Ice storm covers much of Georgia, Albany spared (PHOTO GALLERY)

Officials preparing for third wave of wintry weather

Heavy rain on Wednesday, nearly two inches from midnight until noon, resulted in localized flooding and street closures throughout the city. Eugmar Park was completely inundated, resulting in the closure of the intersection of Eugmar Street and Second Avenue. (Staff photo: Terry Lewis)

Heavy rain on Wednesday, nearly two inches from midnight until noon, resulted in localized flooding and street closures throughout the city. Eugmar Park was completely inundated, resulting in the closure of the intersection of Eugmar Street and Second Avenue. (Staff photo: Terry Lewis)

ALBANY —While Southwest Georgia missed the brunt of the what may go down as the worst ice storm to ever hit the state, officials were preparing Wednesday for a third wave of the wintry weather.

That third wave today is expected to shift concerns toward dangerous icy conditions that are developing east of metro Atlanta and the Athens and Augusta areas. At a noon news conference Wednesday, Gov. Nathan Deal said that officials are working to anticipate the problems and get resources in line to deal with them.

“We are making preparations to respond to that changing pattern,” Deal said, adding that new supplies of salt and sand have arrived for the Georgia Department of Transportation and that federal officials have sent prepackaged supplies. He said about 1,000 National Guardsmen are working with DOT.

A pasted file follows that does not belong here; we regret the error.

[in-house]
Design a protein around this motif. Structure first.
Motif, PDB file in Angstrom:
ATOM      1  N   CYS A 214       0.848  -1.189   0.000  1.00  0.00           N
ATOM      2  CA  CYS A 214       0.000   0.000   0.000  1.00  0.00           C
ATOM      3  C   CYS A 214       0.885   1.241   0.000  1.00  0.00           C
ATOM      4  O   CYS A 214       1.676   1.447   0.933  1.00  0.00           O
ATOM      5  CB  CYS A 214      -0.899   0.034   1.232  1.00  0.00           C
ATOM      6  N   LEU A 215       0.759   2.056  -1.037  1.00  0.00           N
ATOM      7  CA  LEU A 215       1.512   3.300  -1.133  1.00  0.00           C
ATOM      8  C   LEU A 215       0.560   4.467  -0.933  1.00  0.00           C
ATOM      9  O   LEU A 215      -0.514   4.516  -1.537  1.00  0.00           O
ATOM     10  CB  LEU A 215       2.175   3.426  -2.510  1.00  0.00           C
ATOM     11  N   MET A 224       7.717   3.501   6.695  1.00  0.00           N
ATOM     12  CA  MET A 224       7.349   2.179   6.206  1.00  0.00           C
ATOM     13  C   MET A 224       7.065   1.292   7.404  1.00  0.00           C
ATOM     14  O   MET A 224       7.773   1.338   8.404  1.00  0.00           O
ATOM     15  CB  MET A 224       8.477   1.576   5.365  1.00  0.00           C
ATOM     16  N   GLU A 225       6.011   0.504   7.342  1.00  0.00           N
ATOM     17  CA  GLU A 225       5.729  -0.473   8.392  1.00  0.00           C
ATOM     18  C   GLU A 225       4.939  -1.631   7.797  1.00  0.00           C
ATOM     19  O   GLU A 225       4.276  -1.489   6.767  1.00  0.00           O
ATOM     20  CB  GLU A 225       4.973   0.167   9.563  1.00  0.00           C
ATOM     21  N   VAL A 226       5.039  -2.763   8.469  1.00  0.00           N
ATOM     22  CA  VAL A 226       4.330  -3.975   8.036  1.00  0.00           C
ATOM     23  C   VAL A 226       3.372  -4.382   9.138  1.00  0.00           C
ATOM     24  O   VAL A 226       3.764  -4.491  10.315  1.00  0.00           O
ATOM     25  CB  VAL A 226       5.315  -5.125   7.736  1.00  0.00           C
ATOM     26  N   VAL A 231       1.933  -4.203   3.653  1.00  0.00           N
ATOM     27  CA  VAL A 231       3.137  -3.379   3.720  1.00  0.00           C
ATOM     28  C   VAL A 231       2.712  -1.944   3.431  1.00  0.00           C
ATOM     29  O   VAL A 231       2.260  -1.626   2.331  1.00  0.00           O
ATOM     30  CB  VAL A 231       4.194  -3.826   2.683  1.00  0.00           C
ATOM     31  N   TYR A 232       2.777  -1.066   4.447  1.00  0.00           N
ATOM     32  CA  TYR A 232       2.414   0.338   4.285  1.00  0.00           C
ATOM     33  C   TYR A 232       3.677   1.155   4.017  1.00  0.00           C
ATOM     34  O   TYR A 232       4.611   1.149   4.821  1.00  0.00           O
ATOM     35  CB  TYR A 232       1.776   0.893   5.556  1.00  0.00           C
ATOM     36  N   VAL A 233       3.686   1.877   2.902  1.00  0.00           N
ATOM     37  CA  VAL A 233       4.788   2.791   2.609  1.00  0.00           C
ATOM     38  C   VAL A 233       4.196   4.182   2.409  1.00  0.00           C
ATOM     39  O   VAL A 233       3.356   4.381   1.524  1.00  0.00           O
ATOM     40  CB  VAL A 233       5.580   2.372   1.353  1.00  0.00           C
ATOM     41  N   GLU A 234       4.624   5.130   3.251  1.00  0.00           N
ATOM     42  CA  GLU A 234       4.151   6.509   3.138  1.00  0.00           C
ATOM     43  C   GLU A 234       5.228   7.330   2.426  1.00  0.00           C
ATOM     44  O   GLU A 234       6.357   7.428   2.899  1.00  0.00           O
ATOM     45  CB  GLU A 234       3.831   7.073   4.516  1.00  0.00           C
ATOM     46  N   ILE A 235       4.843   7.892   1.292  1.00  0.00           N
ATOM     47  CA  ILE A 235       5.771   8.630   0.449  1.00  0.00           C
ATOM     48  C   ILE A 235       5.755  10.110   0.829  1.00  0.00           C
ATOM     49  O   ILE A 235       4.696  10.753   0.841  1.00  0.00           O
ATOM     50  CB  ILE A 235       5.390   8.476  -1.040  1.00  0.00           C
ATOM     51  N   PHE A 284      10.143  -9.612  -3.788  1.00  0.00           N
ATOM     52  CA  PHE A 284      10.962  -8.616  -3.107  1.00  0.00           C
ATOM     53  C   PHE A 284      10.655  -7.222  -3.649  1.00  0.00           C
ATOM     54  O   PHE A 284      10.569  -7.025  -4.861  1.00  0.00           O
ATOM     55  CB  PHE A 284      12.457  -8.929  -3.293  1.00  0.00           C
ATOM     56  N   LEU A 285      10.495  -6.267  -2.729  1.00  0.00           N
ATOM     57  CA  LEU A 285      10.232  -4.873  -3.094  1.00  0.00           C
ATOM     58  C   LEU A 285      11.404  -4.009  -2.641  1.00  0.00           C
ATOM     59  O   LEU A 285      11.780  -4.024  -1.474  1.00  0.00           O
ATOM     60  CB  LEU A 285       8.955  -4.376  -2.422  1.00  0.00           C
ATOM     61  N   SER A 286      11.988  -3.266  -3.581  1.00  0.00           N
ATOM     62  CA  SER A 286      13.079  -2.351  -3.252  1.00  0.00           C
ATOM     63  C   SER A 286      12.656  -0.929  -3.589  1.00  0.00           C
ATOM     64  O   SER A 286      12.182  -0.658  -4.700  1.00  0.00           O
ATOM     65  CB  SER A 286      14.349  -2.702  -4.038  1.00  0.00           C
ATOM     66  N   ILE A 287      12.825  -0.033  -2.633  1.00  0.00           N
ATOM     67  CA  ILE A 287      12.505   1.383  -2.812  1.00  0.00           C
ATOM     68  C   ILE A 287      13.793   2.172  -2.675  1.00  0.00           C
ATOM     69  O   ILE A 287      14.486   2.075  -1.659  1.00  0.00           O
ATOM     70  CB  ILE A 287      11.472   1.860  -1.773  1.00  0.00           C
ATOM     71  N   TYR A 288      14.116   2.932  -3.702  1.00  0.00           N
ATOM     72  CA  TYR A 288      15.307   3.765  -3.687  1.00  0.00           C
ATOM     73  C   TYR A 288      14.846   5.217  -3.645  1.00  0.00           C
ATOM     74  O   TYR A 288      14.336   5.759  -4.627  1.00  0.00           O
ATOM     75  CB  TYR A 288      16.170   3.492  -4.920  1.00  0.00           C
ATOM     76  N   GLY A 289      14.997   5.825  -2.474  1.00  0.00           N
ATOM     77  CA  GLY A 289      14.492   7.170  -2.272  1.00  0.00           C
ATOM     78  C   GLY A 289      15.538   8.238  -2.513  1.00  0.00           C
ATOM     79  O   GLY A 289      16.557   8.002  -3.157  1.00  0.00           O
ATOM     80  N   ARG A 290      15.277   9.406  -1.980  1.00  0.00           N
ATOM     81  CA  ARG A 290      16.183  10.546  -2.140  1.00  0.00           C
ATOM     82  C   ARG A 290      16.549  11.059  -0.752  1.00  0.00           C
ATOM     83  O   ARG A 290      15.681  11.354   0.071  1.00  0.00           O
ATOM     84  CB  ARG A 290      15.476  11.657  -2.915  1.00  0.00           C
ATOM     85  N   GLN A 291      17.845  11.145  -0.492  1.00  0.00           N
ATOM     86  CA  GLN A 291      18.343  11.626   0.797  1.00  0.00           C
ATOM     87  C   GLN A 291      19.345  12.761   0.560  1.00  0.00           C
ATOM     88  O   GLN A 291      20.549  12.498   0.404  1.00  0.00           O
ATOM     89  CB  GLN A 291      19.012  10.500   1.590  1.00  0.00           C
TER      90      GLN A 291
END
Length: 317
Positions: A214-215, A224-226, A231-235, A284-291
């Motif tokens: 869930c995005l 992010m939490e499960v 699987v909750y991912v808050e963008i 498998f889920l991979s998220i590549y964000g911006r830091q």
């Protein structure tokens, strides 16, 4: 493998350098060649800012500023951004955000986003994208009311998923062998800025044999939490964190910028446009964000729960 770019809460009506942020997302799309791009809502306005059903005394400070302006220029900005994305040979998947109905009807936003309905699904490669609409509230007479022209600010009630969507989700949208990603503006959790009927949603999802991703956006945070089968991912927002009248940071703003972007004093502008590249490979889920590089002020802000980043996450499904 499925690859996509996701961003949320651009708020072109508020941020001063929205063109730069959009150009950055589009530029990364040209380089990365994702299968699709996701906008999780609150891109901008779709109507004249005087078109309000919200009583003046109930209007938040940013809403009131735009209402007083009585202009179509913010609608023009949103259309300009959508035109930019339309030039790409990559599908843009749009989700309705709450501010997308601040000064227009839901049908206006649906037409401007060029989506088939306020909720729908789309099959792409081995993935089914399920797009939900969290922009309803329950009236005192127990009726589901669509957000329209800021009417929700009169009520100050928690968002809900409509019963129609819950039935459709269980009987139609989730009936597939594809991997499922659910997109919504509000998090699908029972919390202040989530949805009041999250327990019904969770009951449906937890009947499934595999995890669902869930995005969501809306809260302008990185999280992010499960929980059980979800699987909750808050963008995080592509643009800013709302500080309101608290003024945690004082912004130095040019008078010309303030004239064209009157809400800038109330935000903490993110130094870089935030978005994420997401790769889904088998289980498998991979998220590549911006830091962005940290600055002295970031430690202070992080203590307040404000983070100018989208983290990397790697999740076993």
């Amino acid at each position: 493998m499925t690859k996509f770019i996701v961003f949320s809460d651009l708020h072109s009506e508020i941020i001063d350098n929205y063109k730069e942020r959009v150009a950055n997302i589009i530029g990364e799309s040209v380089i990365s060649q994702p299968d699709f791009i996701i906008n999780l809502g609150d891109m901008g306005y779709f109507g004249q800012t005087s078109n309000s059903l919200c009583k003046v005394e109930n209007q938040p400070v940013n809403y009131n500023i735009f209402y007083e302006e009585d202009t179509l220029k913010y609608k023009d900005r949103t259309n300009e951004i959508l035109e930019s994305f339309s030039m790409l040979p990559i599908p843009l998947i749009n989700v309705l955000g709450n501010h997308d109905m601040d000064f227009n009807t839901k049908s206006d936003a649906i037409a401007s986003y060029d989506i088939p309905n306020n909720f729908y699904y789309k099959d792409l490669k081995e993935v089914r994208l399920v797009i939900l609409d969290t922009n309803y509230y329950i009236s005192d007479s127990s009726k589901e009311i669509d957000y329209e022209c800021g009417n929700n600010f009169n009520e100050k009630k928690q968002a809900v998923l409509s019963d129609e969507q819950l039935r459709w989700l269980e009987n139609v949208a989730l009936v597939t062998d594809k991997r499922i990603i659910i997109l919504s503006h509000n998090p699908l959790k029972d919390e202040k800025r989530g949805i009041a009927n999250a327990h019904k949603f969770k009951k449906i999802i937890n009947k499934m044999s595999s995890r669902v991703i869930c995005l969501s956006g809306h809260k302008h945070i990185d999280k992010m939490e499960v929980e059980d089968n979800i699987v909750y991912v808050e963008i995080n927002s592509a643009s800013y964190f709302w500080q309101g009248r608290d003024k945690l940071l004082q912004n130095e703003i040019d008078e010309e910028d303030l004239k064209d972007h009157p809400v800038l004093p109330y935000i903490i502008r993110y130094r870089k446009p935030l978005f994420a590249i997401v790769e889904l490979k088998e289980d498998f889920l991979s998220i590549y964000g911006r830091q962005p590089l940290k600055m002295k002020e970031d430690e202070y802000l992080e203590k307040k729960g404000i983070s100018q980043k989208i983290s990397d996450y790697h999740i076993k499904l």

A sheet of ice that formed on this car owned by a resident of Sugar Hill near Buford is cracked at the door handle for the owner to gain access to the car Wednesday. North Georgia was paralyzed Wednesday with the winter storm that was bringing historic levels of ice and snow to the region. (Special photo)

Meanwhile, there were reports of widespread power outages. Georgia Power reported more than 135,000 customers — most in the metro Atlanta area — without power Wednesday.

Ninety-one counties remain in a state of emergency until Friday evening. Deal commended Georgians for exercising good judgment as the winter blast hit, and said they should not let their guards down. “We should not be deceived. This storm has another wave, and there is another wave coming,” he said, adding that most state government offices will remain closed today.

“Georgians have heeded the warnings,” Deal said, thanking the public for staying off the roads, which allowed for better treatment to keep roads passable. “That is appreciated by those of us who are keeping everyone safe.”


Building workers Don Johnson, left, and Bernard Washington shovel ice after an ice storm blanketed Atlanta wednesday. The winter storm brought heavy snow, freezing rain and a possibly historic accumulation of ice to the Southeast, 330,000 to lose power and creating treacherous driving conditions. (Reuters)

In Southwest Georgia Wednesday, the concerns were rain related. Between 3 a.m. and 1 p.m., 1.82 inches of rainfall had been recorded at the National Weather Service reporting station at Southwest Georgia Regional Airport. An inch and a quarter of that fell between 7 a.m. and 1 p.m.

The result was some localized flooding and street closures.

“Other than a little localized flooding we didn’t have much of a problem,” Jim Vaught, deputy director of the Albany-Dougherty County Emergency Management Agency, said. “The main thing is there was a lot of rain. We have occasional limbs falling on power lines, and that is happening now, but it is to be expected and is being handled.”